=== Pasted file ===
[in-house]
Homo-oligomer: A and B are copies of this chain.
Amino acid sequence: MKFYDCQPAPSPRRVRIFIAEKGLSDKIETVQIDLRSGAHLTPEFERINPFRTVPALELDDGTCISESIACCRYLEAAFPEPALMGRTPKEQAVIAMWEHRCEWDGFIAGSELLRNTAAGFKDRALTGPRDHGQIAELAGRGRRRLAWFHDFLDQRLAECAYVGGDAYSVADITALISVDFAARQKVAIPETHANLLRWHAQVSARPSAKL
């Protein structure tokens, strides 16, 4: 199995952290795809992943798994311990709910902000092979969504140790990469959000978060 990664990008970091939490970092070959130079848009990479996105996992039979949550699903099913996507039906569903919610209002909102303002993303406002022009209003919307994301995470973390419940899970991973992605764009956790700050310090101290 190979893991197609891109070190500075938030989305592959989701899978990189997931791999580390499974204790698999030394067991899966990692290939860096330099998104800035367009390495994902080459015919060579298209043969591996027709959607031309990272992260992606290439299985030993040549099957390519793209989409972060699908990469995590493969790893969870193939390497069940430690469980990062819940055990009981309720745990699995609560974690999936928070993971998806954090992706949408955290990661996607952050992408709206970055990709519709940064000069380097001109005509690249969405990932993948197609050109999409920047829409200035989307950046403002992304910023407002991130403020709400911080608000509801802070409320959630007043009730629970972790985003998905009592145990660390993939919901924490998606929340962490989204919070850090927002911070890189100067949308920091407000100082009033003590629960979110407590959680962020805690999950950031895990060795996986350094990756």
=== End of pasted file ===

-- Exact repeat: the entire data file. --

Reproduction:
[in-house]
Homo-oligomer: A and B are copies of this chain.
Amino acid sequence: MKFYDCQPAPSPRRVRIFIAEKGLSDKIETVQIDLRSGAHLTPEFERINPFRTVPALELDDGTCISESIACCRYLEAAFPEPALMGRTPKEQAVIAMWEHRCEWDGFIAGSELLRNTAAGFKDRALTGPRDHGQIAELAGRGRRRLAWFHDFLDQRLAECAYVGGDAYSVADITALISVDFAARQKVAIPETHANLLRWHAQVSARPSAKL
């Protein structure tokens, strides 16, 4: 199995952290795809992943798994311990709910902000092979969504140790990469959000978060 990664990008970091939490970092070959130079848009990479996105996992039979949550699903099913996507039906569903919610209002909102303002993303406002022009209003919307994301995470973390419940899970991973992605764009956790700050310090101290 190979893991197609891109070190500075938030989305592959989701899978990189997931791999580390499974204790698999030394067991899966990692290939860096330099998104800035367009390495994902080459015919060579298209043969591996027709959607031309990272992260992606290439299985030993040549099957390519793209989409972060699908990469995590493969790893969870193939390497069940430690469980990062819940055990009981309720745990699995609560974690999936928070993971998806954090992706949408955290990661996607952050992408709206970055990709519709940064000069380097001109005509690249969405990932993948197609050109999409920047829409200035989307950046403002992304910023407002991130403020709400911080608000509801802070409320959630007043009730629970972790985003998905009592145990660390993939919901924490998606929340962490989204919070850090927002911070890189100067949308920091407000100082009033003590629960979110407590959680962020805690999950950031895990060795996986350094990756």